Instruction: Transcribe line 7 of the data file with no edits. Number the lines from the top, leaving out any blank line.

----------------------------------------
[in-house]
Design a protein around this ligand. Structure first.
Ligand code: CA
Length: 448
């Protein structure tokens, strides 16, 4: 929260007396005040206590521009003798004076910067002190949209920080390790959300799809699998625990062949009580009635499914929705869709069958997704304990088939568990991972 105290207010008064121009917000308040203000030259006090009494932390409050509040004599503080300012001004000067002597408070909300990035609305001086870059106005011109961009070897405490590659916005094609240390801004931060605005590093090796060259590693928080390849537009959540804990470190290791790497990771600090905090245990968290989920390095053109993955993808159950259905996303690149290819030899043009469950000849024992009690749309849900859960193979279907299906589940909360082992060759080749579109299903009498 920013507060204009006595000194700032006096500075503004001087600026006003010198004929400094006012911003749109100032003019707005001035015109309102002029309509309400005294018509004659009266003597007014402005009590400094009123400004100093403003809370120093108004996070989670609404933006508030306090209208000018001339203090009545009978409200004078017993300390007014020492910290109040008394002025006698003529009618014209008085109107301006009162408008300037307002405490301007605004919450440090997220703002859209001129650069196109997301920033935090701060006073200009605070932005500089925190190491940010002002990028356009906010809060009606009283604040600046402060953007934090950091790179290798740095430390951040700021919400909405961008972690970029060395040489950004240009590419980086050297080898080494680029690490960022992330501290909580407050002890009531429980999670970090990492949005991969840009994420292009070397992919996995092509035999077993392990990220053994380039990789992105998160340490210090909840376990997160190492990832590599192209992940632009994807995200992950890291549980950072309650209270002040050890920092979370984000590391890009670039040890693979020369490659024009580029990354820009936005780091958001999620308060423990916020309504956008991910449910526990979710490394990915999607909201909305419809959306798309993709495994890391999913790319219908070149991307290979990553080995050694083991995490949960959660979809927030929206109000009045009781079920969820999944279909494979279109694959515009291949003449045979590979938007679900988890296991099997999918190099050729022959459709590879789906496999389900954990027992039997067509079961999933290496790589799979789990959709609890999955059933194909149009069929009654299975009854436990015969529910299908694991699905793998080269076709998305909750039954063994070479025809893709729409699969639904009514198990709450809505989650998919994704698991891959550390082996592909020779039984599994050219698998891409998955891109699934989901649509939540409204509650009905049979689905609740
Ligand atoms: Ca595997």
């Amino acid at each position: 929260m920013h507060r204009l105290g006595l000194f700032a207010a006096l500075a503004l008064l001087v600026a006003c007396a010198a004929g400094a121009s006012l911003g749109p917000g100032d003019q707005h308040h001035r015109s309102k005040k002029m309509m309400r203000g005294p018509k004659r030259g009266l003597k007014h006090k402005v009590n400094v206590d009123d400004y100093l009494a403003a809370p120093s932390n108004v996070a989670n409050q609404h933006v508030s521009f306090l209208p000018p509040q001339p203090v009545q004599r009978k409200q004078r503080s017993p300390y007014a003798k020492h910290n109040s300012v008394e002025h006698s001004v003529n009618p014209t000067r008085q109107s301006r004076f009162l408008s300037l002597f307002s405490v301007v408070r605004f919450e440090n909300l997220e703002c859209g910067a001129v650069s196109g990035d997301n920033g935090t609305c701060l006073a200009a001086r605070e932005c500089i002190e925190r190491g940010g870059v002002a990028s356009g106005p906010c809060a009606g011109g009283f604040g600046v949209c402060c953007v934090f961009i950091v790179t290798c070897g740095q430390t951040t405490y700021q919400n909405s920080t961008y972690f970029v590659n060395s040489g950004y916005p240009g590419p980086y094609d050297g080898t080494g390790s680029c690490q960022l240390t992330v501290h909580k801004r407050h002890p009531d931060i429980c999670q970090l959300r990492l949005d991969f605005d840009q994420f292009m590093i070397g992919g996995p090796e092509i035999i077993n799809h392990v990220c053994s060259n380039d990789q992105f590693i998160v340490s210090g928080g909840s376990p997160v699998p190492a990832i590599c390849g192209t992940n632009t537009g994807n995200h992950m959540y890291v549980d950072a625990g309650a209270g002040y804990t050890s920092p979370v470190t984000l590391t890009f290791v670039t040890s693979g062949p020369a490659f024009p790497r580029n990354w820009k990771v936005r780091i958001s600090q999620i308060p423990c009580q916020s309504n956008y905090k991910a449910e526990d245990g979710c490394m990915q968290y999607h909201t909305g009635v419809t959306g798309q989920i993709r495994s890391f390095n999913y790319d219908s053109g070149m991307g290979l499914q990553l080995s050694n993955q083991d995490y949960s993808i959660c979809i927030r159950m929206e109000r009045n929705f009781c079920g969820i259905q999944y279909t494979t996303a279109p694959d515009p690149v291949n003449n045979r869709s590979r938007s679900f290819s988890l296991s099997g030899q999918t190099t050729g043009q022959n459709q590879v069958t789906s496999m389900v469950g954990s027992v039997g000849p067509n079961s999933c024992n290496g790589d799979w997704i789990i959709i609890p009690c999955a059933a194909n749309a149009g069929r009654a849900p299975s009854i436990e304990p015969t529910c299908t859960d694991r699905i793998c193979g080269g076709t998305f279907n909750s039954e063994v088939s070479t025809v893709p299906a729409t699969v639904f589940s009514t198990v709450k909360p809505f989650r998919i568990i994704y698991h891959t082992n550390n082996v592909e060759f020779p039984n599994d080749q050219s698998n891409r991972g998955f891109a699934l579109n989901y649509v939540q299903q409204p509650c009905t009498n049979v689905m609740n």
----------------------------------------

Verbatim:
């Amino acid at each position: 929260m920013h507060r204009l105290g006595l000194f700032a207010a006096l500075a503004l008064l001087v600026a006003c007396a010198a004929g400094a121009s006012l911003g749109p917000g100032d003019q707005h308040h001035r015109s309102k005040k002029m309509m309400r203000g005294p018509k004659r030259g009266l003597k007014h006090k402005v009590n400094v206590d009123d400004y100093l009494a403003a809370p120093s932390n108004v996070a989670n409050q609404h933006v508030s521009f306090l209208p000018p509040q001339p203090v009545q004599r009978k409200q004078r503080s017993p300390y007014a003798k020492h910290n109040s300012v008394e002025h006698s001004v003529n009618p014209t000067r008085q109107s301006r004076f009162l408008s300037l002597f307002s405490v301007v408070r605004f919450e440090n909300l997220e703002c859209g910067a001129v650069s196109g990035d997301n920033g935090t609305c701060l006073a200009a001086r605070e932005c500089i002190e925190r190491g940010g870059v002002a990028s356009g106005p906010c809060a009606g011109g009283f604040g600046v949209c402060c953007v934090f961009i950091v790179t290798c070897g740095q430390t951040t405490y700021q919400n909405s920080t961008y972690f970029v590659n060395s040489g950004y916005p240009g590419p980086y094609d050297g080898t080494g390790s680029c690490q960022l240390t992330v501290h909580k801004r407050h002890p009531d931060i429980c999670q970090l959300r990492l949005d991969f605005d840009q994420f292009m590093i070397g992919g996995p090796e092509i035999i077993n799809h392990v990220c053994s060259n380039d990789q992105f590693i998160v340490s210090g928080g909840s376990p997160v699998p190492a990832i590599c390849g192209t992940n632009t537009g994807n995200h992950m959540y890291v549980d950072a625990g309650a209270g002040y804990t050890s920092p979370v470190t984000l590391t890009f290791v670039t040890s693979g062949p020369a490659f024009p790497r580029n990354w820009k990771v936005r780091i958001s600090q999620i308060p423990c009580q916020s309504n956008y905090k991910a449910e526990d245990g979710c490394m990915q968290y999607h909201t909305g009635v419809t959306g798309q989920i993709r495994s890391f390095n999913y790319d219908s053109g070149m991307g290979l499914q990553l080995s050694n993955q083991d995490y949960s993808i959660c979809i927030r159950m929206e109000r009045n929705f009781c079920g969820i259905q999944y279909t494979t996303a279109p694959d515009p690149v291949n003449n045979r869709s590979r938007s679900f290819s988890l296991s099997g030899q999918t190099t050729g043009q022959n459709q590879v069958t789906s496999m389900v469950g954990s027992v039997g000849p067509n079961s999933c024992n290496g790589d799979w997704i789990i959709i609890p009690c999955a059933a194909n749309a149009g069929r009654a849900p299975s009854i436990e304990p015969t529910c299908t859960d694991r699905i793998c193979g080269g076709t998305f279907n909750s039954e063994v088939s070479t025809v893709p299906a729409t699969v639904f589940s009514t198990v709450k909360p809505f989650r998919i568990i994704y698991h891959t082992n550390n082996v592909e060759f020779p039984n599994d080749q050219s698998n891409r991972g998955f891109a699934l579109n989901y649509v939540q299903q409204p509650c009905t009498n049979v689905m609740n």